Thorium-229: How the first nuclear transition can be excited with lasers in the visible wavelength range
The thorium isotope with the mass number 229 (229Th) is highly exciting in many respects—for fundamental physics as well as for future applications, for example in the sense of a nuclear clock.
An international German-Chinese-American research team with the participation of Prof. Dr. Dmitry Budker's group at Johannes Gutenberg University Mainz has now proposed a completely new approach to study 229Th in detail. The researchers want to use thorium ions that have only three electrons left in their shell out of 90 present in a neutral atom.
Such a system offers many advantages, the researchers report in the current issue of the journal Physical Review Research, most notably that the first nuclear transition can be excited with conventional lasers in the visible wavelength range. This, however, requires the ions to be circulating in a relativistic storage ring.
A test laboratory for new physics
What is special about thorium-229 is that its atomic nucleus, with the metastable isomeric state thorium-229m has by far the lowest excited energy level of all the approximately 3,800 atomic nuclei currently known. It is therefore the only nuclear transition that can potentially be interrogated with lasers—even without using storage rings. The extremely precise measurement of this transition and the two nuclear states opens up promising and diverse perspectives.
To this end, the researchers led by Dmitry Budker are now proposing a new approach—both in terms of the "object of study" and the experimental setting: they are using highly charged ions, or HCIs for short, specifically those in which there are only three electrons left in the electron shell. In such highly charged thorium ions, the interplay between the electron and the nucleus opens some new transitions that can be used to "populate" the nuclear isomeric state efficiently.
The idea is to accelerate these thorium ions to almost the speed of light in a particle accelerator. In this way, they develop a leverage effect, so to speak, in order to excite them as effectively as possible with a conventional laser and thus be able to study them very precisely. Most importantly, multiple excited states can be addressed and used to "populate" the isomeric state that is actually of interest.
Most previous studies of thorium-229m have dealt with non-relativistic atoms or ions in low charge states, which places high demands on the light source required for excitation—because an extremely short-wavelength laser in the deep ultraviolet range is needed. "The fact that we can use a laser in the visible—conventional—wavelength range instead makes spectroscopic studies easier," explains Dmitry Budker.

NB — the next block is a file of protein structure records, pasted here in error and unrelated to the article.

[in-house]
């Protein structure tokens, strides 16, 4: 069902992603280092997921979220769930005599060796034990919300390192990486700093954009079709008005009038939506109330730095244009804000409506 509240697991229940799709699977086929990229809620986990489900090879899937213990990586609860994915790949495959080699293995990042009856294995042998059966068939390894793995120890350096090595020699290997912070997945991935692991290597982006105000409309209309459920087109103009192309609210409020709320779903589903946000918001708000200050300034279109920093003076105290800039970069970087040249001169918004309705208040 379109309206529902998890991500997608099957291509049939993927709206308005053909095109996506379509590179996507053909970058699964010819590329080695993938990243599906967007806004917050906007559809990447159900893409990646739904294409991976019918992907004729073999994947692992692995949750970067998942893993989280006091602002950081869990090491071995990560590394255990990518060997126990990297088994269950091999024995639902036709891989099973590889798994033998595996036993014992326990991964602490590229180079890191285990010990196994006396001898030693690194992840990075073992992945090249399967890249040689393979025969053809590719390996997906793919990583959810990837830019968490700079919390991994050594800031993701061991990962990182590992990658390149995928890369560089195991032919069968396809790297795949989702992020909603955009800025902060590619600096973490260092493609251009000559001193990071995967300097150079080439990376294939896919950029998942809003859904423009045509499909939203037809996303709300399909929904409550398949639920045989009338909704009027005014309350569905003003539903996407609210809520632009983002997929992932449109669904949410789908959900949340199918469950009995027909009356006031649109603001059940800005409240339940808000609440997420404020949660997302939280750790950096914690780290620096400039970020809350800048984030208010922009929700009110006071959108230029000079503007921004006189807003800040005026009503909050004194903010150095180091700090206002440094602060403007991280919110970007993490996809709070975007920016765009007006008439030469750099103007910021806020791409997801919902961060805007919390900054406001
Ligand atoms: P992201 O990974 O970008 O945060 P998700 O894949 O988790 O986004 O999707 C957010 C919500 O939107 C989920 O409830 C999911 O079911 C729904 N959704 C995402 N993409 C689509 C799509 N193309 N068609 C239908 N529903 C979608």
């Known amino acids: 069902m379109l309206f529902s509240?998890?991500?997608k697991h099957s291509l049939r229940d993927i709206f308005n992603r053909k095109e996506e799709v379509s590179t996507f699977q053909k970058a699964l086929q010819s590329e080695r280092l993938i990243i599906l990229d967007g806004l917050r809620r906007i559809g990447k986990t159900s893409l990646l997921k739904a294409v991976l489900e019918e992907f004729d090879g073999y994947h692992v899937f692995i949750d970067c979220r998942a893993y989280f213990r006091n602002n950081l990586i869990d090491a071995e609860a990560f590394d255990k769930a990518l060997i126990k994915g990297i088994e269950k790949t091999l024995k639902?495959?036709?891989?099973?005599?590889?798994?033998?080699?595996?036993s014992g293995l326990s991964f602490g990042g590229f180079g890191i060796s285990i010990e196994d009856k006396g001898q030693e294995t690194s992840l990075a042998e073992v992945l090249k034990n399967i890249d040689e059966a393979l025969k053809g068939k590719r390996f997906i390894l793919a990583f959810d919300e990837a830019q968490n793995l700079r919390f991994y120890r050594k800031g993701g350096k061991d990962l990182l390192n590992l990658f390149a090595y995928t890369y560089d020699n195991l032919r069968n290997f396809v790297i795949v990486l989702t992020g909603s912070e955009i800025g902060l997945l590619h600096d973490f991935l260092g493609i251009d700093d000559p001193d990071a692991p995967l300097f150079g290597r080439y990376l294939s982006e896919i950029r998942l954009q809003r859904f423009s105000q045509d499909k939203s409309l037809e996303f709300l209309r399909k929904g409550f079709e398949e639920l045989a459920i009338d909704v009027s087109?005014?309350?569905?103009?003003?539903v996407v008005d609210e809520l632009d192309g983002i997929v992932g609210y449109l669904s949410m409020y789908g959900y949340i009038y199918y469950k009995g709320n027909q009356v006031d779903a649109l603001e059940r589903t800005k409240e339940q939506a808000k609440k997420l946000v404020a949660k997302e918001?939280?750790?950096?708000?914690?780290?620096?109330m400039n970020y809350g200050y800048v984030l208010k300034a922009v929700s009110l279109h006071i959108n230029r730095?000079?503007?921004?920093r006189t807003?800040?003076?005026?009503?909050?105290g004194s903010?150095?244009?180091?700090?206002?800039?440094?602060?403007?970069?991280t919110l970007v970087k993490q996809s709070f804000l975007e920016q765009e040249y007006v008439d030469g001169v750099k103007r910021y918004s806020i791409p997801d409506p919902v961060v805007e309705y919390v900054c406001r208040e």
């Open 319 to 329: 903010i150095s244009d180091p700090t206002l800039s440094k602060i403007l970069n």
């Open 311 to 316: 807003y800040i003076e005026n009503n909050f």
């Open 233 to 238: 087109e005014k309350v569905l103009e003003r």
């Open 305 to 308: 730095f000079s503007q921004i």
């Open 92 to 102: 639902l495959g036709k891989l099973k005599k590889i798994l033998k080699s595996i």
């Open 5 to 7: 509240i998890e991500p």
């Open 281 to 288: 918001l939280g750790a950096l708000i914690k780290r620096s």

"That this is possible at all is related to the fact that the thorium ions are accelerated to almost the speed of light. Due to relativistic effects, they perceive a laser beam directed at them from the front as a beam with a much shorter wavelength: for them, conventional laser light appears like a UV laser," adds first author Junlan Jin, currently a Ph.D. student at Princeton University, who previously worked very closely and successfully with Dmitry Budker's group as part of a remote internship.
In the current publication, the authors describe the various steps required to realize their method: They start with the generation of an accelerated beam of highly charged thorium ions, with possible accelerator rings being at the FAIR facility under construction at GSI in Darmstadt, Germany, or the planned Gamma Factory at CERN—the authors of the current thorium publication are also involved in the conceptual proposals for the realization of such a "super light source."
They then discuss in detail various scenarios for obtaining the most complete possible excitation of thorium nuclei, before focusing on the detection of the excited states produced and the transferability to similar systems.
The research team's conclusion: According to their estimate, the energy of the isomeric state can be measured with a precision better than 10-4 or even down to below 10-6, which is orders of magnitude improvement of the present value. This would pave the way for further improvements in determining the energy of the isomeric state and help answer fundamental physics questions using the thorium system.
"The development of a nuclear clock is not so much the focus of our proposal, because for its realization our new method brings various technological challenges," adds Dmitry Budker.
"For us, however, thorium is a very large 'playground' for addressing fundamental physics questions, a test lab for new physics, so to speak. For example, we want to answer the question of whether certain fundamental constants of nature are perhaps not so constant, but drift or oscillate with time or with location. In addition, one can imagine tests of fundamental symmetries and searches for particles or fields that go beyond the Standard Model."
More information: Junlan Jin et al, Excitation and probing of low-energy nuclear states at high-energy storage rings, Physical Review Research (2023). DOI: 10.1103/PhysRevResearch.5.023134
Provided by Universitaet Mainz